The Evil Dead (1981) was the first film from Sam Raimi. The mix of zombie possession, inventive DIY effects on a next-to-no budget and Raimi’s over-the-top approach served to make it a cult classic. Raimi was brought back to sequelise it with The Evil Dead II (1987), which began the series move in a more comic direction, and Army of Darkness (1992). Thereafter, Raimi went on to more mainstream fare before the original was brought back with a remake Evil Dead (2013), overseen by Raimi, Bruce Campbell and Robert Tapert, which received some okay notices. Not long after, Raimi oversaw the tv series Ash vs Evil Dead (2015-8) with Bruce Campbell reprising his role, which returned more to the comedic vein of the films.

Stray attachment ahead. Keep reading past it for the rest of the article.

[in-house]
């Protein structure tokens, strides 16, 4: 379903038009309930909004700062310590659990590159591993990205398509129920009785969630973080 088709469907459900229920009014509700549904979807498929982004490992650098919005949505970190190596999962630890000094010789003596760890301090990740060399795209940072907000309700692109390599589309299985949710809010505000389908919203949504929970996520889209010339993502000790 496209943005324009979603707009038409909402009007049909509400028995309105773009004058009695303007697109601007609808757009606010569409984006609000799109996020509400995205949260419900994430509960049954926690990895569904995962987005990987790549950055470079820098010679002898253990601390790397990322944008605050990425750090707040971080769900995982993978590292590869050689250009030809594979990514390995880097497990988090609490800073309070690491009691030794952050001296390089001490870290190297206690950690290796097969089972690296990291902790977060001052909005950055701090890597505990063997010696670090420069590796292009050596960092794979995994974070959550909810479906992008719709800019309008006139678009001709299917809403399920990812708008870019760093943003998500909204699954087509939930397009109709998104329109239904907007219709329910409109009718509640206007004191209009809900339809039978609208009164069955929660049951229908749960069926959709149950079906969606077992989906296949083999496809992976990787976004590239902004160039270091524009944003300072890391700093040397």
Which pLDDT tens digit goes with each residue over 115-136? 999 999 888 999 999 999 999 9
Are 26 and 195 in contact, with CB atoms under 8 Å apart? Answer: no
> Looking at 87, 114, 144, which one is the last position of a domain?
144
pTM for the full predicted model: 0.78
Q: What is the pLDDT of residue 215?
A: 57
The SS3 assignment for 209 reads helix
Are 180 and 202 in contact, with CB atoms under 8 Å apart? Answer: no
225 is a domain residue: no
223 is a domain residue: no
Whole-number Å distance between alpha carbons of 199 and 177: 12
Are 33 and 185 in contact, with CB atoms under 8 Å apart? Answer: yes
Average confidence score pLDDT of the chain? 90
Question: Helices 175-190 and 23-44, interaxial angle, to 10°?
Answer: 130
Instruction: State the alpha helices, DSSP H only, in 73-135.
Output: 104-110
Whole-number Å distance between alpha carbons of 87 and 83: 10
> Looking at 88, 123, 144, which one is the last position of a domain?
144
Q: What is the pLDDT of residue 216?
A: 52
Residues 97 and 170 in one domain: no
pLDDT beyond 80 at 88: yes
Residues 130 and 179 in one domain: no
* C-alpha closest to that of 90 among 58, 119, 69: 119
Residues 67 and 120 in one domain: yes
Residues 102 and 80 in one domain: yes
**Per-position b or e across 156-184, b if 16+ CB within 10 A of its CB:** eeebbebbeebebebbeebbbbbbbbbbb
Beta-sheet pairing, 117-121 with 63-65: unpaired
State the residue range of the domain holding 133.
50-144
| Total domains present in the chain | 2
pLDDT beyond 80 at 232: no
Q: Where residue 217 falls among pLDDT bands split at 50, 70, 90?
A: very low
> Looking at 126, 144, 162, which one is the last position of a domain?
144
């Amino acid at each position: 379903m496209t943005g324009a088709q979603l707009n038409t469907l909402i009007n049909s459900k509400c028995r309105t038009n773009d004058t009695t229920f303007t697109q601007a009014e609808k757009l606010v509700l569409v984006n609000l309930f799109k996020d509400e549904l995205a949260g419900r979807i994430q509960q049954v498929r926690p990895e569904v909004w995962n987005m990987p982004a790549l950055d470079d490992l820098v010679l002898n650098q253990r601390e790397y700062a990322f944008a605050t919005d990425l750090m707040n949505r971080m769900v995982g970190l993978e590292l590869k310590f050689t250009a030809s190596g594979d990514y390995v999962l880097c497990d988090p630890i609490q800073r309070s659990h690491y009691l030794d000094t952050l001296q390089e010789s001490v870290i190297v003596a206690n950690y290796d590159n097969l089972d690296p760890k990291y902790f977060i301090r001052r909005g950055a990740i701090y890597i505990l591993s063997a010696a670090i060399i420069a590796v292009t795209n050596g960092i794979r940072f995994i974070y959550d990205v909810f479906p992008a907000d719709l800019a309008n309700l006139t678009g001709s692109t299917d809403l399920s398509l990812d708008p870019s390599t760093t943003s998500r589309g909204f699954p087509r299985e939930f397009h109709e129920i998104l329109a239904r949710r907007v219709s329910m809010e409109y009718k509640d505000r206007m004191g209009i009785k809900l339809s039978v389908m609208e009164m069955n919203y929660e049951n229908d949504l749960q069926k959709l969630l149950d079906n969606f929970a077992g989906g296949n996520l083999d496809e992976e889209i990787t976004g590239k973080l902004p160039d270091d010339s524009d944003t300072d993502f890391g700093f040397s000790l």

Evil Dead Rise is a new Evil Dead film. It comes from Irish director Lee Cronin who had first appeared with one of the episodes of the anthology film Minutes Past Midnight (2016), before making The Hole in the Ground (2019), which had left me quite impressed with his potential. The new version is produced by Rob(ert) Tapert, a childhood friend of Sam Raimi who has worked as a producer for Raimi ever since The Evil Dead, while both Raimi and Bruce Campbell are on board as executive producers.
The selling point that Evil Dead Rise comes with is that it is a female-led Evil Dead film. It has become a fad among a good many films of recent that resurrect/remake familiar IPs – Ghostbusters (2016), Ocean’s 8 (2018), Terminator: Dark Fate (2019), What Men Want (2019), The Equalizer (2021), tv’s Dead Ringers (2023- ) – to offer a gender-flip and cast roles that were previously played by men with women. In practice, this seems a take that is more contemporary politics than one that offers anything truly innovative to the Evil Dead IP. It should be pointed that the 2013 remake also conducted a gender-flip and replaced Ash with Jane Levy when it came to the climax.